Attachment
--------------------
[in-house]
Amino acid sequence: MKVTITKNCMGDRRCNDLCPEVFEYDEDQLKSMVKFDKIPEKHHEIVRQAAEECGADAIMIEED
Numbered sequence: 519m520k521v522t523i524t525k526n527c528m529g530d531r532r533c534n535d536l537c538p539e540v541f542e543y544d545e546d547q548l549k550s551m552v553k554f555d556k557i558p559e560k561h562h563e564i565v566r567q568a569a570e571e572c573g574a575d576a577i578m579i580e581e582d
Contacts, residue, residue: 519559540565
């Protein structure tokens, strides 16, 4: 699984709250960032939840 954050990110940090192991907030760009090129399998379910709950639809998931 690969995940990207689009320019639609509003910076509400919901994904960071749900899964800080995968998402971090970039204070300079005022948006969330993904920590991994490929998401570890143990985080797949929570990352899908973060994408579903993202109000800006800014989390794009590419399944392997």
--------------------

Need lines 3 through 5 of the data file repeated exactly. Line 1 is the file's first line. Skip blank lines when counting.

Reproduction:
Numbered sequence: 519m520k521v522t523i524t525k526n527c528m529g530d531r532r533c534n535d536l537c538p539e540v541f542e543y544d545e546d547q548l549k550s551m552v553k554f555d556k557i558p559e560k561h562h563e564i565v566r567q568a569a570e571e572c573g574a575d576a577i578m579i580e581e582d
Contacts, residue, residue: 519559540565
């Protein structure tokens, strides 16, 4: 699984709250960032939840 954050990110940090192991907030760009090129399998379910709950639809998931 690969995940990207689009320019639609509003910076509400919901994904960071749900899964800080995968998402971090970039204070300079005022948006969330993904920590991994490929998401570890143990985080797949929570990352899908973060994408579903993202109000800006800014989390794009590419399944392997």